You should be building up a library of case studies. It’s not enough to show what you can do, it’s about demonstrating that your work generates results. Case studies are the way forward and should be told more like stories to keep them interesting.
If you don’t have examples or any real evidence that you can get results you are going to seriously struggle. You’ll have to do something else to proactively balance the risk like offer a guarantee or do results in advance or chunk down the project so you’re doing smaller tasks first to prove your worth.
#4: Personal presentation, in person and online
It’s a shame that in this day and age we can’t be ourselves, express who we are and have people accept that some of us are different and have different opinions.
That said, if you’re quite outwardly spoken, find a way to curb it on Facebook. It’s being used more and more as an online networking tool these days so make sure your profile is up to scratch, is somewhat tidy and has clear links to your website. Get good photos and make sure it passes the “new girlfriend’s mum” test. If she saw it, what would she think?
Assuming that’s all good and you get in front of your potential client, it doesn’t matter what line of work you’re in – look sharp.
There’s no scenario where turning up looking anything other than your best will do. It’s simply non-negotiable. Even if you’re creative, not turning up looking your best, being well-groomed, with a well-fitted suit is just going to let you down.
In the creative space, there seems to be this idea that people will buy from you because of your work, not because of how you present yourself. I can tell you with complete and utter certainty, that is simply not the case.
If you rocked up on a first date, looking great and the guy turned up in a hoodie, joggers, and trainers, you might like him but it would be hard to understand why he didn’t make an effort. It’s the same thing here, you are selling more than simply an end product, you’re selling an experience and that experience includes how you present yourself.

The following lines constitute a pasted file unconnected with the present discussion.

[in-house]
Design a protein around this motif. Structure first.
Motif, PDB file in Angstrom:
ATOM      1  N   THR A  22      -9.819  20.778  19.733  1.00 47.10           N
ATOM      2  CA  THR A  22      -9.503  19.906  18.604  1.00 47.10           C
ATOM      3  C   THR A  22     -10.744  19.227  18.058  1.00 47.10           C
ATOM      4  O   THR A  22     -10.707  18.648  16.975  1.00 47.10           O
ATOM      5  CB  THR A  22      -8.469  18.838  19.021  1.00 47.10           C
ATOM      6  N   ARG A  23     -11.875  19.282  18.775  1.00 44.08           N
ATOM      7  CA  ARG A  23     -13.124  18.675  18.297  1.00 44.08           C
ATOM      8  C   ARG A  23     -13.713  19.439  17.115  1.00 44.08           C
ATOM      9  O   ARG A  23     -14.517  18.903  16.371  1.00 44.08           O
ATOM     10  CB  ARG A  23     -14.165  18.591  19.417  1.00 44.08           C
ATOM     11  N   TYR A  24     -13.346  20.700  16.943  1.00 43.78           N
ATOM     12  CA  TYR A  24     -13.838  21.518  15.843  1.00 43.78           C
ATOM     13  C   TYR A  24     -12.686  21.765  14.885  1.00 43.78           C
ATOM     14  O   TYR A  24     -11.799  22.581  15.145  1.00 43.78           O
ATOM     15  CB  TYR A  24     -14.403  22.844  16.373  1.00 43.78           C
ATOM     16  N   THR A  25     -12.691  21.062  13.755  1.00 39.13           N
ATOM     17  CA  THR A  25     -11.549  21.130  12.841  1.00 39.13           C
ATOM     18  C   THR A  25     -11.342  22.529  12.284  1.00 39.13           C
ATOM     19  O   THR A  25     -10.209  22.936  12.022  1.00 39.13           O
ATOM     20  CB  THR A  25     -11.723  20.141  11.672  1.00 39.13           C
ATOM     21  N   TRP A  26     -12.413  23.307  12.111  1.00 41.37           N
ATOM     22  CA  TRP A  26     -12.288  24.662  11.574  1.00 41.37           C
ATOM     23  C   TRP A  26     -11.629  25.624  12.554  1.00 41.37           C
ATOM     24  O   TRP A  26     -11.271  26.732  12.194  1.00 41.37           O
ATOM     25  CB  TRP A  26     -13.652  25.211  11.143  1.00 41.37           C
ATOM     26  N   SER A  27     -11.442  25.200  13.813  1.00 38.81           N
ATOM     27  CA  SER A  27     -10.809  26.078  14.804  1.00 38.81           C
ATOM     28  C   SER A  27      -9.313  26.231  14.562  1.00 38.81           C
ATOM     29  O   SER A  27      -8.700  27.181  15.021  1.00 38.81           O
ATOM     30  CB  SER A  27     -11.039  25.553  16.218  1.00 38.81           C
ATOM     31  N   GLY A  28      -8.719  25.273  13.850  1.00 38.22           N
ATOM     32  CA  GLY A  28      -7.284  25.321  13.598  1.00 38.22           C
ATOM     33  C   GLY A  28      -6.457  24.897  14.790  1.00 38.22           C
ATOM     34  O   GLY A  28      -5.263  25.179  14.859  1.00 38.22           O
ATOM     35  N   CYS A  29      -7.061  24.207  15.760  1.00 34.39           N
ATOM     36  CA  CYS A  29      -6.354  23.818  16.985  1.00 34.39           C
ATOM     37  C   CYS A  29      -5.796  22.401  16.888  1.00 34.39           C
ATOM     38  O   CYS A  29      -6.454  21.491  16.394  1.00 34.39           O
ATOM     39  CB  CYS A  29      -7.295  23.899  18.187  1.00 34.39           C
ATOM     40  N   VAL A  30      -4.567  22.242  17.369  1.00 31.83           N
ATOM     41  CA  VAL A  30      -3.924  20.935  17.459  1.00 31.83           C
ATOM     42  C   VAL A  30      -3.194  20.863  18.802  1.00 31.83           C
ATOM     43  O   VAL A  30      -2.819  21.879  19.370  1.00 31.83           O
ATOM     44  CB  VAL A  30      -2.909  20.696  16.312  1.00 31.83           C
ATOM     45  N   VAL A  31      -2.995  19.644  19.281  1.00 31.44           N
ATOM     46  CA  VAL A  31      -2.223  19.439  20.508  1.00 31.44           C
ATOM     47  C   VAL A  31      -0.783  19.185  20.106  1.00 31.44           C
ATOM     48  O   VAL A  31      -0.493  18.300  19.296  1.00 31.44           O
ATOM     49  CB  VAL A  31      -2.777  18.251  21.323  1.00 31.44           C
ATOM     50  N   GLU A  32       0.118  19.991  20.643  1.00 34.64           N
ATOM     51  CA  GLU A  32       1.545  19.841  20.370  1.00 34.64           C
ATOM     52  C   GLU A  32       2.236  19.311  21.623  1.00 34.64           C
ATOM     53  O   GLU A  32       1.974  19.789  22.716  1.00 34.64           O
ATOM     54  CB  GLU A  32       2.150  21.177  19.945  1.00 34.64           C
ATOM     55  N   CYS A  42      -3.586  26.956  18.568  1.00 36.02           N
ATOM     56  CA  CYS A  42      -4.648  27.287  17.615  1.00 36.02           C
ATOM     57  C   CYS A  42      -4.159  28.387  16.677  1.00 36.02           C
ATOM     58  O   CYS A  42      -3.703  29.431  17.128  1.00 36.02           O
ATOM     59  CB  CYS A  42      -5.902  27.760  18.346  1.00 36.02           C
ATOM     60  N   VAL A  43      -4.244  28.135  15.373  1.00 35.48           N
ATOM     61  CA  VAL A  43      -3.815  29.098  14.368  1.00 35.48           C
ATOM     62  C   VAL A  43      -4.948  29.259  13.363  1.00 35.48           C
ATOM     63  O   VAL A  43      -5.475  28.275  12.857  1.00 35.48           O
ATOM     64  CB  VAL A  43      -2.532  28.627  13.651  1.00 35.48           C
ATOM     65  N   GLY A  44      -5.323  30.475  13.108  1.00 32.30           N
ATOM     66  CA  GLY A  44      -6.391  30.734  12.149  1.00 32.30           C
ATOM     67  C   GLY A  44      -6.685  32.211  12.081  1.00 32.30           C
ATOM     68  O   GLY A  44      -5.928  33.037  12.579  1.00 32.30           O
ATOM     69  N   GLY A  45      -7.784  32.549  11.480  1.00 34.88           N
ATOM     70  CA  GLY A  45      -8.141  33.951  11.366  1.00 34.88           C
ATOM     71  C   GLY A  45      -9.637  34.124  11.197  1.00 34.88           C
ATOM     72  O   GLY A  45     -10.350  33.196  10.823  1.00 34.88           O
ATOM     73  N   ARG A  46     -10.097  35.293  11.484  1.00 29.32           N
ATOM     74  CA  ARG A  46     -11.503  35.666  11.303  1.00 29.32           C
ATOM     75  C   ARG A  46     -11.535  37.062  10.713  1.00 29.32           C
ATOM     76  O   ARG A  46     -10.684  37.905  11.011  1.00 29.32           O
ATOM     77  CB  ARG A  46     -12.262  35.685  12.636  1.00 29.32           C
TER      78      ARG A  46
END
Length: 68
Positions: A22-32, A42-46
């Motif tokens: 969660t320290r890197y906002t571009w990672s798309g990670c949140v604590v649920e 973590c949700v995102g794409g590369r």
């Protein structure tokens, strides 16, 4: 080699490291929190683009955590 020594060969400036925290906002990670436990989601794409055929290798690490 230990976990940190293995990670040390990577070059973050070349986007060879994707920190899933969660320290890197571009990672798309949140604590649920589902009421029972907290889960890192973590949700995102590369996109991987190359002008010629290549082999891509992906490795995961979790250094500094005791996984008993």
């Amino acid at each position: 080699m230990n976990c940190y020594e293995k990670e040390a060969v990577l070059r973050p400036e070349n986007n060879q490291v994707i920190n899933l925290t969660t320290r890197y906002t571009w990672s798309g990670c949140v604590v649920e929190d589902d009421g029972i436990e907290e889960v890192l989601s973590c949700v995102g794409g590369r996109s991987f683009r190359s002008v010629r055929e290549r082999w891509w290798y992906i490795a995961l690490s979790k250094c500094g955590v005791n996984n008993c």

Your reputation is something that is built over many many years. It’s not something you can quickly fix but it’s something that can be quickly wrecked.
You’ve only got to look at the media scandals that social justice warriors drag people through. Look at Tony Robbins, arguably the most respected man in his field yet with 1 missplaced, but not entirely inaccurate comment about the #MeToo movement he found himself in a crazy amount of hot water. Did he have a point, yes he did but in an uncharacteristic moment for Tony he presented his argument badly and got himself in trouble.
Is he going to lose his business or trust overnight? No, not at all but it’s amazing how one stupid comment can almost undo years of hard work. So, careful, behave and remember that in close circles in business, networking and in communities people will talk a lot more about you than they will to you.
A few little things:
- If you can’t say anything nice, don’t say it at all. I know you want to be honest, but seriously, it’s not worth it.
- Be really careful on Facebook comments.
- Try to always help people.
- Take the extra time to sandwich criticism with positivity so it doesn’t come across harsh. In general, women are much better at this than guys.
Think what you want to be known for. Think what someone might read out about you at your funeral. “He was a bit of a dick but at least he was honest” probably isn’t great.
If you want to be known as someone who’s helpful then help people, set aside hours each week to just help people with nothing in return. Maybe you want to be known as someone who’s super well connected, if that’s the case then spend several hours a week connecting with people and introducing contacts you think would benefit from knowing each other.
Your reputation is who you are when you’re not there to defend yourself.